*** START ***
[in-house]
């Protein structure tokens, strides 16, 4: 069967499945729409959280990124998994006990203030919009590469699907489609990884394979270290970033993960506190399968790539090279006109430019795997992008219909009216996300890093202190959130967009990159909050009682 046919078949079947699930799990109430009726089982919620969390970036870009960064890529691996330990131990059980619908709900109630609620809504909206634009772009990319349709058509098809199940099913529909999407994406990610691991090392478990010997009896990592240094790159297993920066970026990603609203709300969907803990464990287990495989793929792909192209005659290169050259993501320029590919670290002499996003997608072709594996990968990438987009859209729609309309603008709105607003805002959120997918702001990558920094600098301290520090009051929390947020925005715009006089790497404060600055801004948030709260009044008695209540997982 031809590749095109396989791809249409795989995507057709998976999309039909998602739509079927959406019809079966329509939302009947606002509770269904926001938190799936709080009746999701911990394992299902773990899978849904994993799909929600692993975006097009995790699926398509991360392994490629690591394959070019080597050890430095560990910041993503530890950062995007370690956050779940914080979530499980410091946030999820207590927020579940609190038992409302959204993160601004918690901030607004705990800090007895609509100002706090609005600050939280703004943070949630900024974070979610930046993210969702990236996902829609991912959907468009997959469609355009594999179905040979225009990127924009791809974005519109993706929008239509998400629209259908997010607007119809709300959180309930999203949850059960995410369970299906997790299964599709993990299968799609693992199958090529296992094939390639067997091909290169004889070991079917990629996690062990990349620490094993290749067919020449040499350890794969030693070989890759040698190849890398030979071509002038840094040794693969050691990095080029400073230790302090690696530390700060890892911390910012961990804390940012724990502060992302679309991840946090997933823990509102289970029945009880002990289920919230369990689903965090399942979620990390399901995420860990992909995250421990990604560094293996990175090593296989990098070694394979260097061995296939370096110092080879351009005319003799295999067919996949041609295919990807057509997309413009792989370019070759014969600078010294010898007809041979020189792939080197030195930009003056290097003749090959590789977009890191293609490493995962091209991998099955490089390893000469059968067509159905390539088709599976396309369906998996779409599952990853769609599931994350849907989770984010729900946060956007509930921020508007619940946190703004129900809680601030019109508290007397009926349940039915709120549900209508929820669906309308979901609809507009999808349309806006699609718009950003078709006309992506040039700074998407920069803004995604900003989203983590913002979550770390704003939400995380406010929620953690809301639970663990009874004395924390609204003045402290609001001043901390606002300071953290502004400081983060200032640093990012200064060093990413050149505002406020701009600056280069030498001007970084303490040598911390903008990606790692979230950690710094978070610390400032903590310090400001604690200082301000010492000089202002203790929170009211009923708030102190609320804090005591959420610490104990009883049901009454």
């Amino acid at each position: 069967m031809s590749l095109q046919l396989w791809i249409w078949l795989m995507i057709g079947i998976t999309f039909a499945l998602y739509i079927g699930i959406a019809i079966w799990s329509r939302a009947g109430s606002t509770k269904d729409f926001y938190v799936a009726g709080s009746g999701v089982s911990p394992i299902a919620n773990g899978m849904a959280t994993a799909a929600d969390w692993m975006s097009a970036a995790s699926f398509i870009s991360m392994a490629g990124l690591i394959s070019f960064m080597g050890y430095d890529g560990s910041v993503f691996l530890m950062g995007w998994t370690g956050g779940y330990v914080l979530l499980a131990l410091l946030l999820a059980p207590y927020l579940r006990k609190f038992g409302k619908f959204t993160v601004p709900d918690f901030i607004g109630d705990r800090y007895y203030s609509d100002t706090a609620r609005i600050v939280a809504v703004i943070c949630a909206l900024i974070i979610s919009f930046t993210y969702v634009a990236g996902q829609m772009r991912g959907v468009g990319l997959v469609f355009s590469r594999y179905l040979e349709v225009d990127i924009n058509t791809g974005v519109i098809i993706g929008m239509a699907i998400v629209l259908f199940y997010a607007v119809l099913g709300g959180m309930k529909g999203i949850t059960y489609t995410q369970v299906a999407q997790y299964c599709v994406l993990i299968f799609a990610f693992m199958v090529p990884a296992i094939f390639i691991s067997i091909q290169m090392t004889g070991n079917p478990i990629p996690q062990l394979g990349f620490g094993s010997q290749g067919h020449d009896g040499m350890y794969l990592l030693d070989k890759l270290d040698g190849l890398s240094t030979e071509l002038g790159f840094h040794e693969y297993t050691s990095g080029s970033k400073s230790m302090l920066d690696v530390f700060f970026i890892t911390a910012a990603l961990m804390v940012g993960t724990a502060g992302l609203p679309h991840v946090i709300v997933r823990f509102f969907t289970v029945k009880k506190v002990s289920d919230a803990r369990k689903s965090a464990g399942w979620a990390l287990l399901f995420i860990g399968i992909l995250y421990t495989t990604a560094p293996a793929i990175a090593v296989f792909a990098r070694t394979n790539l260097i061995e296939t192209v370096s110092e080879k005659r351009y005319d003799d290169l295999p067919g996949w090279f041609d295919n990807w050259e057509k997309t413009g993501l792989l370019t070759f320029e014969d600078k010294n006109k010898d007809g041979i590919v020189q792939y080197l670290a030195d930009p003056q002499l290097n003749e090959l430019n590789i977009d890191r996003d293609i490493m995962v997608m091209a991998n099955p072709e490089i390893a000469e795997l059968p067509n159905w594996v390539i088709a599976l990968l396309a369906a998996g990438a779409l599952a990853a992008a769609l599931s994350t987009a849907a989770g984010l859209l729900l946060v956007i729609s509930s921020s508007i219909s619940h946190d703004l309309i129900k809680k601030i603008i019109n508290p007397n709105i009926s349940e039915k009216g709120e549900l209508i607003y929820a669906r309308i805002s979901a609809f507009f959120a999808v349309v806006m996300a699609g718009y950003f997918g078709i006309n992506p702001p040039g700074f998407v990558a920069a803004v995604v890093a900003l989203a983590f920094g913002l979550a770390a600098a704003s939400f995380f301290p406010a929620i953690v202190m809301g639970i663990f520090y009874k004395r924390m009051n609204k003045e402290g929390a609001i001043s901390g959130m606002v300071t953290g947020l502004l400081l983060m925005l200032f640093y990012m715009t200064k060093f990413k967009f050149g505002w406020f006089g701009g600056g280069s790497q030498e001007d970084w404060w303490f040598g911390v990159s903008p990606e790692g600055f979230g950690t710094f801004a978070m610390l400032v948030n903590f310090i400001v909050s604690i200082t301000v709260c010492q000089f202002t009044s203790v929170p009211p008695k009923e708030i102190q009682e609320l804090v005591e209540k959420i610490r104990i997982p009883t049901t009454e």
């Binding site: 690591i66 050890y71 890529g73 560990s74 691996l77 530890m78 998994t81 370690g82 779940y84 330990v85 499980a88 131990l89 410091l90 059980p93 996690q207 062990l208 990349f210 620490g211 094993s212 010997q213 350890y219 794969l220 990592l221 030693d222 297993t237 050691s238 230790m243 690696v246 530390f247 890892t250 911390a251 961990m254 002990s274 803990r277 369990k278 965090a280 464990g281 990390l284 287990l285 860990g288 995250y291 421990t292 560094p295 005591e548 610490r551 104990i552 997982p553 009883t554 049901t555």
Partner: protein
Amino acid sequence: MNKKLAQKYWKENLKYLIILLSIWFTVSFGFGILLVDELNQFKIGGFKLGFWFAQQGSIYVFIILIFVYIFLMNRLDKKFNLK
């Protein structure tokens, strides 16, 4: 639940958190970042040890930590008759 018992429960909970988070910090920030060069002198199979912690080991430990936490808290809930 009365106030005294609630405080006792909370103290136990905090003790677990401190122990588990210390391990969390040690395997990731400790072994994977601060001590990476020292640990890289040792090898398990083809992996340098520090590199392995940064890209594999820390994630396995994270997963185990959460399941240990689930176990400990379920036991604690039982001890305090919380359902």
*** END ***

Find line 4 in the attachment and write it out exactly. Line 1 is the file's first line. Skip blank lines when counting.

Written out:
């Binding site: 690591i66 050890y71 890529g73 560990s74 691996l77 530890m78 998994t81 370690g82 779940y84 330990v85 499980a88 131990l89 410091l90 059980p93 996690q207 062990l208 990349f210 620490g211 094993s212 010997q213 350890y219 794969l220 990592l221 030693d222 297993t237 050691s238 230790m243 690696v246 530390f247 890892t250 911390a251 961990m254 002990s274 803990r277 369990k278 965090a280 464990g281 990390l284 287990l285 860990g288 995250y291 421990t292 560094p295 005591e548 610490r551 104990i552 997982p553 009883t554 049901t555």